Friday, January 13, 2012

Importance of Aerobic Training for Boxing

Imagine being as out of breath at you've ever been in your life and then getting punched hard enough to make your diaphragm spasm. That's boxing. Even without the added difficulty of an opponent, boxing cardio training is an excellent way to get aerobic exercise.

According to boxing coach Bill Packer, your wind is your most important boxing tool. If you can be the second athlete to run out of cardiovascular gas, then you will have a period of time where you rule the ring. Cardiovascular endurance doesn't just mean the ability to move and keep breathing, it also governs how well your body gets oxygen--the fuel for your muscles--to the muscle groups that make you punch, bob and weave.
Target Rate
According to the Close Combat fighting system, sport fighting keeps the heart rate at 115 to 145 beats per minute between physical exertion and mental stress. Thus, a cardiovascular workout program for boxers should keep the heart rate at between 115 and 145 beats per minute during the core part of the workout.
Kinds of Cardio
Boxing requires both major kinds of cardiovascular strength: sprint and endurance. Endurance is your ability to keep up cardiovascular exertion over an extended period, such as for a long road race. In boxing, this is the cardio that lets you fight through an entire round and then through subsequent rounds for the duration of the fight. Sprint cardio is the cardio that allows you to put forth extraordinary effort in short, aggressive bursts. It's the kind of cardio power you see in sprinters and weight lifters. Boxers use sprint power to put forward extra effort at the end of the round, and to fuel quick flurries of punches.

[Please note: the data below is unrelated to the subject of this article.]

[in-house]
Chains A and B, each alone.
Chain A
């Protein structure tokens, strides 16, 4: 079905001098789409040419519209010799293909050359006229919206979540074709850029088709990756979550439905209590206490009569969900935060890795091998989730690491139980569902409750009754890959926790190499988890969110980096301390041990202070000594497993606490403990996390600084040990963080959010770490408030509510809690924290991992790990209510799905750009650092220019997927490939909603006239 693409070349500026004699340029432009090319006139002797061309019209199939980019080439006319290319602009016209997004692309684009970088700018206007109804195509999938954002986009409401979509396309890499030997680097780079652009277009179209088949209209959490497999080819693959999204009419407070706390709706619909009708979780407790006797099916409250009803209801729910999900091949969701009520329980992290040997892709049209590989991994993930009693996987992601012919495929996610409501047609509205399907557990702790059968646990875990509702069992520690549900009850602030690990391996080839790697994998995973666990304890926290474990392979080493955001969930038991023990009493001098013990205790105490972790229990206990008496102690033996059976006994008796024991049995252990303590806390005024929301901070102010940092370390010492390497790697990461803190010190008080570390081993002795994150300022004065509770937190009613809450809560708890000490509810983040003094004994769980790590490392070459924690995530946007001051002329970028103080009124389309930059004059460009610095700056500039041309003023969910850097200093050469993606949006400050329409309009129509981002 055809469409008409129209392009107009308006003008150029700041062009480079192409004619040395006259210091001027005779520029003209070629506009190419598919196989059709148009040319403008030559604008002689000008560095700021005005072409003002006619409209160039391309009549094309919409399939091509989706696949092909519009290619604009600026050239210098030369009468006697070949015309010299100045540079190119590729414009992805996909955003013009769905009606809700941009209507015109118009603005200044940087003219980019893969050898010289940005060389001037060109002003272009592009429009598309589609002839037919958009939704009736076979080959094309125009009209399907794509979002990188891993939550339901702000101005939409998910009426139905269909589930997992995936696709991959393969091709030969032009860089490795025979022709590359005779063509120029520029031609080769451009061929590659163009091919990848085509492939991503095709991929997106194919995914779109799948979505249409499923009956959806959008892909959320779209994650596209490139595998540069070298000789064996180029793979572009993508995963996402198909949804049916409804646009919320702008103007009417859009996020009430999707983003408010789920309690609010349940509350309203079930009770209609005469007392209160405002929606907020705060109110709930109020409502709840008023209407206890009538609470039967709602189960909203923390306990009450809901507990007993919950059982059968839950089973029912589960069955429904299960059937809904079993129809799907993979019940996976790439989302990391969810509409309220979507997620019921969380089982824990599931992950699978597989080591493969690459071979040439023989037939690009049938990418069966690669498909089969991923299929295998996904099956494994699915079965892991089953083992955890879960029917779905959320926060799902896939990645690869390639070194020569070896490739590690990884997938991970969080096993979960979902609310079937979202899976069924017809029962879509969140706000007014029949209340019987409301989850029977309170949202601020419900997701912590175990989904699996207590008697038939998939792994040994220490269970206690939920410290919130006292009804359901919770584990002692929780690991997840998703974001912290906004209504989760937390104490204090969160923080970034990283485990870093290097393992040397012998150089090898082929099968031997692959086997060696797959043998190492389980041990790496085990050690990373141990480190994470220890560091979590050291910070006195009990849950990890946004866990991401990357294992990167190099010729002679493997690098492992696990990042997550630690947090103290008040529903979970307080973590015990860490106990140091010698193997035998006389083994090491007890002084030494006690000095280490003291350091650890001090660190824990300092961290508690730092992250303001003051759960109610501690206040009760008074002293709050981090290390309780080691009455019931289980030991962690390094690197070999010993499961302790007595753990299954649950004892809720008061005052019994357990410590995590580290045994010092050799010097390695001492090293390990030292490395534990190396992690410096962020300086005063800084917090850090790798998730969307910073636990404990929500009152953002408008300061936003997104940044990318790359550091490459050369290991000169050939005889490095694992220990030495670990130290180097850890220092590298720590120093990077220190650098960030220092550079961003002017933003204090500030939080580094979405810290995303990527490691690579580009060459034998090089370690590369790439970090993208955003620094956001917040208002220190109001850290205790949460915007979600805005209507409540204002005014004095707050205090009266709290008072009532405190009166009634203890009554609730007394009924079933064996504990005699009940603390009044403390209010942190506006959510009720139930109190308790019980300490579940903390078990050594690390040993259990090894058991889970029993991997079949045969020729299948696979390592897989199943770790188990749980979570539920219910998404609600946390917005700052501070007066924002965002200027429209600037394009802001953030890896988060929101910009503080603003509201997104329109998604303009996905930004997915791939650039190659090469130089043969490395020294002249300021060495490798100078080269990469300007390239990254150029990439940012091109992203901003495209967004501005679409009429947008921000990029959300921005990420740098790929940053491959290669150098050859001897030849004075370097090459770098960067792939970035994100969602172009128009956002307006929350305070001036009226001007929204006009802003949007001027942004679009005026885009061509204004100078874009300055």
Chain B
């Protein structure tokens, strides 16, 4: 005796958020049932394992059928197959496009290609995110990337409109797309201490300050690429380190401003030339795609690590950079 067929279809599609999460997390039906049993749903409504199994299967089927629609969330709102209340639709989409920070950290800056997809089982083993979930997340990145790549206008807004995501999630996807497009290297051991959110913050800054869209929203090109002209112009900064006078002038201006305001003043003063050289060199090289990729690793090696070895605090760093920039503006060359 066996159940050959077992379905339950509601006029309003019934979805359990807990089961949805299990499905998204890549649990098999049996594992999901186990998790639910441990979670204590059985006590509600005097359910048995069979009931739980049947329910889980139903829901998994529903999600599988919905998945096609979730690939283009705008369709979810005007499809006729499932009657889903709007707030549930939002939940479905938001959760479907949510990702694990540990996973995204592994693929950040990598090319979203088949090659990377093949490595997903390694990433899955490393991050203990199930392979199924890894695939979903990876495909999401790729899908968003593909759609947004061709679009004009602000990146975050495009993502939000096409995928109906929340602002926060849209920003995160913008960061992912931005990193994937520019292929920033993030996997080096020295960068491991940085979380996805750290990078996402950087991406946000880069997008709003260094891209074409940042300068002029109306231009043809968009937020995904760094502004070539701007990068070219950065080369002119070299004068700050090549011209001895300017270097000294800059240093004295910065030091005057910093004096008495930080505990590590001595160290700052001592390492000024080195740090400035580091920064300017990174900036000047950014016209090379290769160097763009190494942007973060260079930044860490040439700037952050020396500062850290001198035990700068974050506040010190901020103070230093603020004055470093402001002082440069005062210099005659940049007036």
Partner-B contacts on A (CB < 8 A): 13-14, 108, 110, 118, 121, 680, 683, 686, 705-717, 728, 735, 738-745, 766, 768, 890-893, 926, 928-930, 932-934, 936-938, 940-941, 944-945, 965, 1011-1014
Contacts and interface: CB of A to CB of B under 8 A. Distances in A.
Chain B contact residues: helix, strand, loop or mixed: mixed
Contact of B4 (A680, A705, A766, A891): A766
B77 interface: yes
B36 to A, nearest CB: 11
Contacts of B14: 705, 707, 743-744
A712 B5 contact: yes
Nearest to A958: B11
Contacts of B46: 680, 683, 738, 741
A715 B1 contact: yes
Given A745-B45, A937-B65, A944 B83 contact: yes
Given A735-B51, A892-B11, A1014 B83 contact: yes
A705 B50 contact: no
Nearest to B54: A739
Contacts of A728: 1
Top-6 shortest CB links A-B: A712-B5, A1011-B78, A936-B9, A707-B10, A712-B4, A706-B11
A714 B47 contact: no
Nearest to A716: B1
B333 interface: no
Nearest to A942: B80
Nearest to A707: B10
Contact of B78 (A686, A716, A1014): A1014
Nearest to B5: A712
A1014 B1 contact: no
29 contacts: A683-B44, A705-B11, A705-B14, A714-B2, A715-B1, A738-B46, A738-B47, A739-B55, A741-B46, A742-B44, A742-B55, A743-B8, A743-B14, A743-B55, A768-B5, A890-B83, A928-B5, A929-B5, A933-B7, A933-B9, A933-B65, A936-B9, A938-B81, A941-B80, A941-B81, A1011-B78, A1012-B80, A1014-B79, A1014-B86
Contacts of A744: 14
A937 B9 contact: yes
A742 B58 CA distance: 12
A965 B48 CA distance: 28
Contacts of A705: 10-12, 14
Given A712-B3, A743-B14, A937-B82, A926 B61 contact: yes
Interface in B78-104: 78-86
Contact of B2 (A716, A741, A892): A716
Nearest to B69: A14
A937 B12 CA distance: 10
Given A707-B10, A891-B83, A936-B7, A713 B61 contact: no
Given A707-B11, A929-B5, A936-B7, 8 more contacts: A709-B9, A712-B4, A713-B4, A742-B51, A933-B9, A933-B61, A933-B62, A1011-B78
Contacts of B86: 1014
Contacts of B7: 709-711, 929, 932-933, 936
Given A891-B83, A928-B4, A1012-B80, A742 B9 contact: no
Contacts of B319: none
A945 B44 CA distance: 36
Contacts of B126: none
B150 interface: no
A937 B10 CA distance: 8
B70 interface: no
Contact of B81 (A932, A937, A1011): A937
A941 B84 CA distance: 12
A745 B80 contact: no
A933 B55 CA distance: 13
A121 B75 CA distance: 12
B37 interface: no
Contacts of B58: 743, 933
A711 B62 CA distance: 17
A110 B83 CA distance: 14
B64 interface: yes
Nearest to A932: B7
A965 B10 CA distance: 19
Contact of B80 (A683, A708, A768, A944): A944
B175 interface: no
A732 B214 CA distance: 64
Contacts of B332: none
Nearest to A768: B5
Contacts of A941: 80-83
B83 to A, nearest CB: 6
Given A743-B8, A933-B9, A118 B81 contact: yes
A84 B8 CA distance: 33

Drills for Endurance
To build endurance cardio, you need to engage in prolonged cardiovascular exertion. Jogging, called road work by boxers, is one of the most common and popular ways to do this. Cycling, swimming, cross-country skiing are other kinds of endurance cardio exercise.
Drills for Sprint Power
Sprint power drills exercise short bursts of extreme effort. Sprints are naturally a good example of this, as are speed weight lifting, pliometrics, heavy bag workouts and calisthenics. Interval training, where the athlete alternates between short periods of extreme effort separated by equal periods of light to moderate effort, are also a good way to build sprint power.
Fitness Boxing
Fitness boxing is a group exercise program that uses boxing moves to build a solid cardiovascular workout. Though it's a serious workout that builds strength, tone, wind and endurance, classes rarely focus on proper technique or fighting strategy. Consider a fitness boxing class if you want the exercise but not as part of getting ready for a fight.

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